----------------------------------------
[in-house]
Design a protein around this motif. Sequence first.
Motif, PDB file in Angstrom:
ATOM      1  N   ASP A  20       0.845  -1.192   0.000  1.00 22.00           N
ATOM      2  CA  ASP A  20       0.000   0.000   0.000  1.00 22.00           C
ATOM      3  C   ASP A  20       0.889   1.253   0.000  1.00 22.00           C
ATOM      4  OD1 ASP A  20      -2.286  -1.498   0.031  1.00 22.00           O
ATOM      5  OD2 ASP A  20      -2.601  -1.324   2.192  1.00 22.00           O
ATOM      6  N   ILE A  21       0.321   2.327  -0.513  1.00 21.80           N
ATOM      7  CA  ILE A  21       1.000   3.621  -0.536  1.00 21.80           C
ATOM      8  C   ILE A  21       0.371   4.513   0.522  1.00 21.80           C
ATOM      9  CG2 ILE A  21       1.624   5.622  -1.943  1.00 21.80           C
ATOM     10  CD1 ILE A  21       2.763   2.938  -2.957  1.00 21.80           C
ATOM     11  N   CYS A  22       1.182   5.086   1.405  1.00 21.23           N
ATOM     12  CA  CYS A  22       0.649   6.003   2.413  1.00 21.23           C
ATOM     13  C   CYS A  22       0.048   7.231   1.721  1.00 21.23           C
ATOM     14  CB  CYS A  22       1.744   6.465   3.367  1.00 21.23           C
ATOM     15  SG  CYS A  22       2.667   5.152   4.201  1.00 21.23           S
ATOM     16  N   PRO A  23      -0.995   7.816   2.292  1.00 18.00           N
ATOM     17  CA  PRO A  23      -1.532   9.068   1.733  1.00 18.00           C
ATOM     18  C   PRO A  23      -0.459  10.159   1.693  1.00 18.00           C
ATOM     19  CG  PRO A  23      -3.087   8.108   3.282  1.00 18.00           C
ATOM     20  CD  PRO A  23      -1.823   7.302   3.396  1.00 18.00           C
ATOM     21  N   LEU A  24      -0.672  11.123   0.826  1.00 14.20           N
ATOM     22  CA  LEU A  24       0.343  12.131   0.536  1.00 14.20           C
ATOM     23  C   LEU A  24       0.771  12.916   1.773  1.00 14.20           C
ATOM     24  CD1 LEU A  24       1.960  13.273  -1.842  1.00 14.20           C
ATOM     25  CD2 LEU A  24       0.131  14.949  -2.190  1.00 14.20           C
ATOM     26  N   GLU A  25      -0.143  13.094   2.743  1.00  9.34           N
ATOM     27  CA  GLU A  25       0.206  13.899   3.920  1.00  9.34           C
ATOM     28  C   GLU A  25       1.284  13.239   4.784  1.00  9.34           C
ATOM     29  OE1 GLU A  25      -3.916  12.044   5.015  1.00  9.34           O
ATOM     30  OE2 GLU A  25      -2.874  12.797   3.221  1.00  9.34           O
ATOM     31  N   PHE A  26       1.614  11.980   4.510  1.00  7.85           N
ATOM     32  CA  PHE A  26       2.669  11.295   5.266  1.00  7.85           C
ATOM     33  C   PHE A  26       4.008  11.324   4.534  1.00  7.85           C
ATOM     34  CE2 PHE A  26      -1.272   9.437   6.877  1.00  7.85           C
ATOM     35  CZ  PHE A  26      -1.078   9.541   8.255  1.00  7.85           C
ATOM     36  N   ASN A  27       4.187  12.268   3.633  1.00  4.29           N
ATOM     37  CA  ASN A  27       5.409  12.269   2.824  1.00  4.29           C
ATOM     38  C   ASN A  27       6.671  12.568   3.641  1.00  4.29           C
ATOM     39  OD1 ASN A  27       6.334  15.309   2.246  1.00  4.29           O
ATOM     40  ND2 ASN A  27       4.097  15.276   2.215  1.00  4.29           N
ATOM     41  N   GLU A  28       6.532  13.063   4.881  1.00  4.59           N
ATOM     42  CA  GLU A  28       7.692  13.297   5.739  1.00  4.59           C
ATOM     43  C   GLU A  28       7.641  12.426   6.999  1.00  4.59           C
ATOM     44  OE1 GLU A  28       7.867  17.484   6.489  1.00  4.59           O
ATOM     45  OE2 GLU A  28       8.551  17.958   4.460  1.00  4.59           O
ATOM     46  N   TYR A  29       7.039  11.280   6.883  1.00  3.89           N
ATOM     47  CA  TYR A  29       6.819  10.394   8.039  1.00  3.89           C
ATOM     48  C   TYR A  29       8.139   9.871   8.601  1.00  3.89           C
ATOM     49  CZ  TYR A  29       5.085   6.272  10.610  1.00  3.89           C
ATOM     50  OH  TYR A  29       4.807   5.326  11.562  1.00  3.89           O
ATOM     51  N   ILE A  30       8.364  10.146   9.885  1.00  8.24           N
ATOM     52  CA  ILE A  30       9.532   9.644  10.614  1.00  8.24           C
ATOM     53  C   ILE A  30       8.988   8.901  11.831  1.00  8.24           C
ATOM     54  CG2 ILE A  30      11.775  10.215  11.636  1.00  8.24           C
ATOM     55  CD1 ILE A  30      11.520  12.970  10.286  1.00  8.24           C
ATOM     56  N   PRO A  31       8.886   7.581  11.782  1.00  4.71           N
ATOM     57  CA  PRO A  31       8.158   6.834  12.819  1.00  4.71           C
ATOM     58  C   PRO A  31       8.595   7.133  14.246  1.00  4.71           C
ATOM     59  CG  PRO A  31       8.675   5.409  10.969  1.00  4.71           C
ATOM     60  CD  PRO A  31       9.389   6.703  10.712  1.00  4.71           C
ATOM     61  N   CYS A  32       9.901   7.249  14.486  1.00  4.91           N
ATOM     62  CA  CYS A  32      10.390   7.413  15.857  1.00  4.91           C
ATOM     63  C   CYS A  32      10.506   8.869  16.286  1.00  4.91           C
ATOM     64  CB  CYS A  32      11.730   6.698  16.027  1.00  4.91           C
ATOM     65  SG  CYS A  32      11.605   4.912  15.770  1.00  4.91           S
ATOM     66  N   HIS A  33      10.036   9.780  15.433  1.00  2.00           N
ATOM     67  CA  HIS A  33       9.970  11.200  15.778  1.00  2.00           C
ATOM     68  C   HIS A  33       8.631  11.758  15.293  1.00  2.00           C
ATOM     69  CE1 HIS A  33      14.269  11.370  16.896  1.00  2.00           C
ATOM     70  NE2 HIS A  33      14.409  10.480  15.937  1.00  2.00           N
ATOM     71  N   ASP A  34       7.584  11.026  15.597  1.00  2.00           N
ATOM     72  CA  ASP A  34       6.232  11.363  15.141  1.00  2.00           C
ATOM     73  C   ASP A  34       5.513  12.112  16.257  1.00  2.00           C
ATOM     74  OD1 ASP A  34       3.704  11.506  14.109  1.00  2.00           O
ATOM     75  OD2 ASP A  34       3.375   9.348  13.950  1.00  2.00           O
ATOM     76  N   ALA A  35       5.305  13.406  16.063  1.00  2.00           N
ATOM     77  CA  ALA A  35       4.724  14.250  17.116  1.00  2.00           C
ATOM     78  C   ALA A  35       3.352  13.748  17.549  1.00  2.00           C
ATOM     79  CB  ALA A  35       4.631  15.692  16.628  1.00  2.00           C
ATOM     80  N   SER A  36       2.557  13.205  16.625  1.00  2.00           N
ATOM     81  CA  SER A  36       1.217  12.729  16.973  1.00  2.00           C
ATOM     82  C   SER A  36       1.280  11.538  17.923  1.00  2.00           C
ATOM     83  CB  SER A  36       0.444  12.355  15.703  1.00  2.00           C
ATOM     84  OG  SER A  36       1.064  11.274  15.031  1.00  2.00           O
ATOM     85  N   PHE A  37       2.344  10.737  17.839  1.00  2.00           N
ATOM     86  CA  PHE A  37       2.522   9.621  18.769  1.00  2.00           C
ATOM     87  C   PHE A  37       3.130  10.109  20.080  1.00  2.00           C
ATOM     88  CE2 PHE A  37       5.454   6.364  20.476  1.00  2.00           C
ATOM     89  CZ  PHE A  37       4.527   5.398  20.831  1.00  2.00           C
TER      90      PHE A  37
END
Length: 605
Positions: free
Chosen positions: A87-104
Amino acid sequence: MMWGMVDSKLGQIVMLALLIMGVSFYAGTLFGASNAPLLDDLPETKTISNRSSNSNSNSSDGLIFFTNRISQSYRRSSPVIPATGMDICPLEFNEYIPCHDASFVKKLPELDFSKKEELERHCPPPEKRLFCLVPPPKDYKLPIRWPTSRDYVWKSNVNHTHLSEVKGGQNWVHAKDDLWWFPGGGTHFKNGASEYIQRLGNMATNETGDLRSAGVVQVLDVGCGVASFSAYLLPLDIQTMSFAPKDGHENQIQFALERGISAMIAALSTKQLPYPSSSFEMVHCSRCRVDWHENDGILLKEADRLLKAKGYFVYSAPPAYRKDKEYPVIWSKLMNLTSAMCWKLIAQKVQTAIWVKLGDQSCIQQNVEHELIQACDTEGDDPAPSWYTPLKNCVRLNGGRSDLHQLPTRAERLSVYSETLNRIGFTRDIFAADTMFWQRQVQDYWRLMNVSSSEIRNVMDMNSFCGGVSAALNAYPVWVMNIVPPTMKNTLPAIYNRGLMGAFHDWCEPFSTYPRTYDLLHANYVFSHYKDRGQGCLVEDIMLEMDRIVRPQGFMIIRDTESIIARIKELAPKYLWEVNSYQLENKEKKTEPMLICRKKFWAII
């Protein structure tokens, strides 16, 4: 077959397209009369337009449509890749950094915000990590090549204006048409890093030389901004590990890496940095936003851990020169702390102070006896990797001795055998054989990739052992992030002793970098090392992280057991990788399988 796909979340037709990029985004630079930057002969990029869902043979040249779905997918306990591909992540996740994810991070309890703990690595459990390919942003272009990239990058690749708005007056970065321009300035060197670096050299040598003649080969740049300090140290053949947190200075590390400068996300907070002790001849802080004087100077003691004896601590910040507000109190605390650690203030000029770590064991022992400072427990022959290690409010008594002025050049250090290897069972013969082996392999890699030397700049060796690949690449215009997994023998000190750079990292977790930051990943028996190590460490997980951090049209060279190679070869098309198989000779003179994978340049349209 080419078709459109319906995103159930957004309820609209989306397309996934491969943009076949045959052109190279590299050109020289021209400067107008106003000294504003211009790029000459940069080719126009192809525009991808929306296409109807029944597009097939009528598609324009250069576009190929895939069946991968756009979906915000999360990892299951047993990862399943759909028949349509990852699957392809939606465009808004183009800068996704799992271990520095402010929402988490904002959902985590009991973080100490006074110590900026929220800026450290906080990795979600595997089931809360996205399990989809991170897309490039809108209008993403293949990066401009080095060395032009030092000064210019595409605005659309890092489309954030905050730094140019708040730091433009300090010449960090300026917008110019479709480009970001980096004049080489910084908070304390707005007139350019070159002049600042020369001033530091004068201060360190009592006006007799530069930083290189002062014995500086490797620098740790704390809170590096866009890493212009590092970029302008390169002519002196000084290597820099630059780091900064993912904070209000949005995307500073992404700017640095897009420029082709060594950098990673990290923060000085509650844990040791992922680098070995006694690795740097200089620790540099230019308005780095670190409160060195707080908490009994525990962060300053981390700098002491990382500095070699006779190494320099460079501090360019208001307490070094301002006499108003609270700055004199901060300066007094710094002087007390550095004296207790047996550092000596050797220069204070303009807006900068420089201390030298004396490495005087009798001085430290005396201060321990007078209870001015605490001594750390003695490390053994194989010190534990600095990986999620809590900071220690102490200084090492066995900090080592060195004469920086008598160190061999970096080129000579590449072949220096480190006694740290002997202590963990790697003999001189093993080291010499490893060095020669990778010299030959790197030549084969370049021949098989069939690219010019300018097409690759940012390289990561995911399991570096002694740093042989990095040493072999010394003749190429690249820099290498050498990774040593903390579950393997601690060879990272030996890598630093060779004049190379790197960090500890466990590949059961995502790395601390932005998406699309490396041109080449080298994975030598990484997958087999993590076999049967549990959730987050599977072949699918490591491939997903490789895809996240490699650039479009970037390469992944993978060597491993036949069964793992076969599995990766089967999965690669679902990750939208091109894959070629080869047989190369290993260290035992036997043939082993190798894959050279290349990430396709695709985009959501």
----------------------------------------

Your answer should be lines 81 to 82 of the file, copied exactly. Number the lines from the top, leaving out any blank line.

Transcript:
ATOM     78  C   ALA A  35       3.352  13.748  17.549  1.00  2.00           C
ATOM     79  CB  ALA A  35       4.631  15.692  16.628  1.00  2.00           C